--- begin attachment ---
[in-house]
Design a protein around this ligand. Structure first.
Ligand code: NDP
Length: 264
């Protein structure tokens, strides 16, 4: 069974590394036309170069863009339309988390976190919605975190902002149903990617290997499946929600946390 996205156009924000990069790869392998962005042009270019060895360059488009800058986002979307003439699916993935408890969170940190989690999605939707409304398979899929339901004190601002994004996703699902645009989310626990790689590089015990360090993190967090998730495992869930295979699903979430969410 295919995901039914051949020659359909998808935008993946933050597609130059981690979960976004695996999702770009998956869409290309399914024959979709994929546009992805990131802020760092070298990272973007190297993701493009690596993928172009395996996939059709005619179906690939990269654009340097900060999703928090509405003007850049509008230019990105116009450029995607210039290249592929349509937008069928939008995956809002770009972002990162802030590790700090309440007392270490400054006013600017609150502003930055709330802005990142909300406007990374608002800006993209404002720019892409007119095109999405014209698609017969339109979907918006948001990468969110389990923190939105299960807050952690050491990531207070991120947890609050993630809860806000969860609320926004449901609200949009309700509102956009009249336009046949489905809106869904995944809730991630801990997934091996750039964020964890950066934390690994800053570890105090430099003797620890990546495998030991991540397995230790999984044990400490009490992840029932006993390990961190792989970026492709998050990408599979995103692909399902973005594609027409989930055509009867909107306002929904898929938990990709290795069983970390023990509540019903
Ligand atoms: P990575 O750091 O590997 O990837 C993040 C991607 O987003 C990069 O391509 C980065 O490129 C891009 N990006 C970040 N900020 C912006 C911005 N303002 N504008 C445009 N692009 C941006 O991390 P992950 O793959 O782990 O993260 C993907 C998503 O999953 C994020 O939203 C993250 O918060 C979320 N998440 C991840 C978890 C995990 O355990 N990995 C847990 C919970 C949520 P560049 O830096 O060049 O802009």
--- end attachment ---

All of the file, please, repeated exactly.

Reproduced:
[in-house]
Design a protein around this ligand. Structure first.
Ligand code: NDP
Length: 264
């Protein structure tokens, strides 16, 4: 069974590394036309170069863009339309988390976190919605975190902002149903990617290997499946929600946390 996205156009924000990069790869392998962005042009270019060895360059488009800058986002979307003439699916993935408890969170940190989690999605939707409304398979899929339901004190601002994004996703699902645009989310626990790689590089015990360090993190967090998730495992869930295979699903979430969410 295919995901039914051949020659359909998808935008993946933050597609130059981690979960976004695996999702770009998956869409290309399914024959979709994929546009992805990131802020760092070298990272973007190297993701493009690596993928172009395996996939059709005619179906690939990269654009340097900060999703928090509405003007850049509008230019990105116009450029995607210039290249592929349509937008069928939008995956809002770009972002990162802030590790700090309440007392270490400054006013600017609150502003930055709330802005990142909300406007990374608002800006993209404002720019892409007119095109999405014209698609017969339109979907918006948001990468969110389990923190939105299960807050952690050491990531207070991120947890609050993630809860806000969860609320926004449901609200949009309700509102956009009249336009046949489905809106869904995944809730991630801990997934091996750039964020964890950066934390690994800053570890105090430099003797620890990546495998030991991540397995230790999984044990400490009490992840029932006993390990961190792989970026492709998050990408599979995103692909399902973005594609027409989930055509009867909107306002929904898929938990990709290795069983970390023990509540019903
Ligand atoms: P990575 O750091 O590997 O990837 C993040 C991607 O987003 C990069 O391509 C980065 O490129 C891009 N990006 C970040 N900020 C912006 C911005 N303002 N504008 C445009 N692009 C941006 O991390 P992950 O793959 O782990 O993260 C993907 C998503 O999953 C994020 O939203 C993250 O918060 C979320 N998440 C991840 C978890 C995990 O355990 N990995 C847990 C919970 C949520 P560049 O830096 O060049 O802009």